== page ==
Posted by: mdmusingsie | July 5, 2010

Is Turasóir mé

Sadly, time is running short and my adventures will come to an end soon (at least this particular set).  Time really does fly when you’re having fun.  So I thought I’d play tourist the last few weekends I’m here. 

There are lots of nice day trips available from Galway, so I decided to take one that included The Burren and the Cliffs of Moher, among other sites.  It had been at least 8 years since I visited these attractions and decided it was time for re-acquainting.  The coach trips are also considerably less expensive than renting a car. 

Desmond, the driver and guide (Galway Tour Company if anyone is interested), was quite the character – chock full of jokes as well as interesting facts.  He claims that he kissed the Blarney Stone and anyone who kisses him receives the same benefit – of course he made the kindly offer to all the ladies on the bus.  To my knowledge, however, no one took him up on it. 

Many of the stops I had visited before but a few I hadn’t including the 5,800 year old Poulnabrone Dolmen.  The site is owned by the OPW (Office of Public Works) now and is roped off so you can’t actually go and touch it – too many annoying people doing stupid things like carving their names and such results in these precautions.  You can get very close, however, and it is one of the larger dolmens that I’ve seen.  

The dolmen is inside The Burren, which is an amazing area of limestone left from the ice age.  The guide referred to the area as resembling a “lunar landscape”.  This are contains arctic, Mediterranean, and alpine flora and fauna interspersed between the fords in the rocks.  The saddest part of this extraordinary landscape are the “Famine Walls”, stone walls to nowhere built by the Irish during the famine years as the Britts weren’t about to give out charity to people who were starving – no they had to work for the pittances they received.  On the way back near Black Head we stopped and walked along the rocky shore.  It is a sight to rival the Cliffs of Moher. 

We also went to a ring fort or Fairy Fort near Ballyalban.  The earthen forts were used as protection against the elements in the difficult terrain.  People make fun of the fact that it’s called a Fairy Fort and claim they see the wee folk, including the coach driver.  Regardless of its original purpose, the place had a sense of mystery and magic and I felt calm, safe, and at peace while walking over and inside the earthen walls.  It would be a great place to just sit and meditate for a while – something you would have to do on your own as bus trips don’t stop for very long.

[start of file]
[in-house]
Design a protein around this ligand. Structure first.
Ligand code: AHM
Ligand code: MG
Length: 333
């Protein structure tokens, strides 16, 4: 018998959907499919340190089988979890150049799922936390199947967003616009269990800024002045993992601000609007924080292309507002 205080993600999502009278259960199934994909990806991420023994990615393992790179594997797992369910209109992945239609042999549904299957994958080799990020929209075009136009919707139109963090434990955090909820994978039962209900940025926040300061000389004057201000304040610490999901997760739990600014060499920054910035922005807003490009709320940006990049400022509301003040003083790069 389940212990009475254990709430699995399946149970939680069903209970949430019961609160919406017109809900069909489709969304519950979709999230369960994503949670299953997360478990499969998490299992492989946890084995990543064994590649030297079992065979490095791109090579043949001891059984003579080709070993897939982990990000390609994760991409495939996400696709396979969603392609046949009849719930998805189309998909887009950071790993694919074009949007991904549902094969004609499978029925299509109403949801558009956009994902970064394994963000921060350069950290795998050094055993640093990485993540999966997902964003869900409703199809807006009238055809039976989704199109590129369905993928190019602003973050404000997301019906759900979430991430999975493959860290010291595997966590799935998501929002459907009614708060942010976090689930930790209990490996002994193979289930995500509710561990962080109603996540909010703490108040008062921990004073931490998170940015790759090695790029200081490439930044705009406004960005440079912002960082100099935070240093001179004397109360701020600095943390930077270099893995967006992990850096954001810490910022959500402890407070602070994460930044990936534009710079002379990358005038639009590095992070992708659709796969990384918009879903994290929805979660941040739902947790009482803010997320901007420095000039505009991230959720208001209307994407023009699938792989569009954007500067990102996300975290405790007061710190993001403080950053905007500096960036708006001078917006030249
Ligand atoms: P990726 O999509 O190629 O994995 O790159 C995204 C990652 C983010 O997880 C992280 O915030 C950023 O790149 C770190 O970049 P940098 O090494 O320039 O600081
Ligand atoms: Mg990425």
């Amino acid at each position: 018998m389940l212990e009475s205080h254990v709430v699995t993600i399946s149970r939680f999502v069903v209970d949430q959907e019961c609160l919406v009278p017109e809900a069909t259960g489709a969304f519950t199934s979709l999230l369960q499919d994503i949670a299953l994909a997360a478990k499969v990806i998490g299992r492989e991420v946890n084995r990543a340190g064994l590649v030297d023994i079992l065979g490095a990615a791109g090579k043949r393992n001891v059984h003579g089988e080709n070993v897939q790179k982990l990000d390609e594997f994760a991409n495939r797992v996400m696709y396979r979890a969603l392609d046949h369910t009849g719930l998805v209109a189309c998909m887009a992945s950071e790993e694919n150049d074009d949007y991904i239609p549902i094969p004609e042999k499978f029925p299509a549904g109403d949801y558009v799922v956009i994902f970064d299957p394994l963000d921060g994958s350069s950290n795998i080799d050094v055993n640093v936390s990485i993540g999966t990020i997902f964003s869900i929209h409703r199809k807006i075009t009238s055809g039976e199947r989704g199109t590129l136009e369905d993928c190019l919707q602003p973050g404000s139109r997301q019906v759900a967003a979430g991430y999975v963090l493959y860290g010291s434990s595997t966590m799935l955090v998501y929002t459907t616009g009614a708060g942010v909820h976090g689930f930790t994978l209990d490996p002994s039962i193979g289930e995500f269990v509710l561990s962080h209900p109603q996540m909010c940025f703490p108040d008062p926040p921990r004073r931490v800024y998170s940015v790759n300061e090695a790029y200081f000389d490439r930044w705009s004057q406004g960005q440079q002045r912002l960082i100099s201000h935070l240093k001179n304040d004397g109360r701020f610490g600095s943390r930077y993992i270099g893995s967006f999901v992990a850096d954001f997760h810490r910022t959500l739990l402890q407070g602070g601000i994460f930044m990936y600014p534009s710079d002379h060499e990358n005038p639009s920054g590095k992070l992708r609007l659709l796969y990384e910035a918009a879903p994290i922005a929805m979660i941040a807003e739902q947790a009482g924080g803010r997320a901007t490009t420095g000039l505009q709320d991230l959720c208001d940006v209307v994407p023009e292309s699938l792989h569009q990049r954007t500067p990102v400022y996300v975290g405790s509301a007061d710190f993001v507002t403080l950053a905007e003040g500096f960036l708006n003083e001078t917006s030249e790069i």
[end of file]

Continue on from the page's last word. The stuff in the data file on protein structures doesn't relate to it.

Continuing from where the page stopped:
Supposedly there had been many complaints about the food (price, quality, and service) at the Cliffs of Moher so the tour company now takes patrons into Doolin for lunch.  We ate at O’Connors which is right along the inlet to Galway Bay.  The Guinness Beef stew was excellent and the portions generous.  I’ve also eaten at Fitzpatrick’s Bar the last time I was in Ireland and enjoyed their food as well. 

The Cliffs of Moher are still and incredible sight to see.  They have upgraded the paths and visitor’s center in recent years and it’s quite easy to get around, though they put up stone barriers to keep you from getting to the edges – at least in the places owned by the consortium running the attraction.  You can walk further on along the cliffs and get close to the edge and each year a number of folks get too close, as it were – candidates for Darwin awards.

It was a fun day and we lucked out on the weather as it only rained a little and that was while we were on the coach.  Photos on my website.

More turasóir activities to come.

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Responses

  1. Nic pics Dawn! A beautiful place. Make sure you get a least one picture of yourself while there! It would be nice to see you in some of these photos 🙂
    ~ Carin


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